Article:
California Eliminates Dual Tracking in Foreclosure Actions

Throughout the foreclosure crisis, California lenders have been free to employ a practice known as “dual tracking.”  This practice has allowed mortgage lenders to forge ahead with foreclosure actions, including property sale, irregardless of whether they were simultanously engaged in loan modification discussions with borrowers.  In fact, “dual tracking” is a practice that many mortgage investors have long required lenders to pursue in order to expedite the foreclosure process to the extent possible.

The practice of dual tracking has presented serious problems for borrowers facing the prospect of home foreclosure.  Many borrowers have been lulled into an illusory sense of security thinking that they were protected from foreclosure while engaged in good faith loan modification negotiations with lenders, only to be blindsided by a foreclosure sale in the midst of this process.

Additionally, communication channels between lenders and borrowers have frequently become muddled as simultaneous actions were being taken by different lending departments, making it very difficult for a borrower to obtain a clear picture of the status of his or her loan at any given point in time.

To address the serious problems created by dual tracking, California has now made this practice illegal.  On October 3, 2012, a negotiated settlement took effect that bars this practice by five of California’s largest mortgage lenders including Bank of America, Citi, JP Morgan Chase, Wells Fargo, and Ally.  On January 1, 2013, California’s prohibition of dual tracking, the first such law in the United States, becomes applicable to all mortgage lenders.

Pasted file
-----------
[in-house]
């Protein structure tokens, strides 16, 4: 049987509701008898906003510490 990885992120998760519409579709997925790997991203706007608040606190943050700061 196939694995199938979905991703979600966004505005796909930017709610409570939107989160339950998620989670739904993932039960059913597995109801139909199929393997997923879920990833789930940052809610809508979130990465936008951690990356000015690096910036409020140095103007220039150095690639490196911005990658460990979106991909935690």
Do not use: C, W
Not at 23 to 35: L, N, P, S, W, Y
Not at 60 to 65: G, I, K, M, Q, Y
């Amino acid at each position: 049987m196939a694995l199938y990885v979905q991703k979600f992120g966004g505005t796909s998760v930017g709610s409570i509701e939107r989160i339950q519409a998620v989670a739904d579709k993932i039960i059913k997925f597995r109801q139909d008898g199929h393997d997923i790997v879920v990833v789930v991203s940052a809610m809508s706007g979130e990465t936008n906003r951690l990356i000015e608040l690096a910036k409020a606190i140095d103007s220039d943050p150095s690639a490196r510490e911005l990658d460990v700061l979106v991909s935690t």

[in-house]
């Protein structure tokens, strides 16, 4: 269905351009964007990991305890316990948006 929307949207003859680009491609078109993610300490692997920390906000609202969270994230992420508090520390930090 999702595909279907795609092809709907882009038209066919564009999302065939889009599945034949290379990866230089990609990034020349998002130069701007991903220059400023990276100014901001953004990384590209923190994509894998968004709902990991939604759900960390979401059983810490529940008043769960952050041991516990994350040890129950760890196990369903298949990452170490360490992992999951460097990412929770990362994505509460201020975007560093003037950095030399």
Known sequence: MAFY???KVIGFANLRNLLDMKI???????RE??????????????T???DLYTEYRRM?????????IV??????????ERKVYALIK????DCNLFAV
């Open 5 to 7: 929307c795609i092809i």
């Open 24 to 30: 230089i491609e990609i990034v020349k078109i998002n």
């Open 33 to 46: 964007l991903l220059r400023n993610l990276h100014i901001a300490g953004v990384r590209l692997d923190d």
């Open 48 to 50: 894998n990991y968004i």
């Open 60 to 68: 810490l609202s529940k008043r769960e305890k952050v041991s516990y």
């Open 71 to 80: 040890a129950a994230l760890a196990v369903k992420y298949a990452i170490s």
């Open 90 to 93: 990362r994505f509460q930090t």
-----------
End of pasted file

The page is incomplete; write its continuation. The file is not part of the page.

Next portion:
Beginning in January, homeowners will have a right to sue lenders who continue to engage in the practice of dual tracking.  Under this law known as The Homeowner Bill of Rights, banks found to have violated the law may be forced to pay attorneys’ fees incurred by the borrower.  In addition, lenders may be hit with statutory civil damages of up to $50,000 per violation.  Perhaps most importantly, borrowers will be able to obtain an injunction halting foreclosure proceedings if able to demonstrate a willful, intentional, or reckless violation of the law.

If you are a California homeowner that has been subject to the practice of dual tracking, you are urged to contact a Forclosure Lawyer at The Pivtorak Law Firm by calling (415) 484-3009, or click here to request a free, confidential consultation online.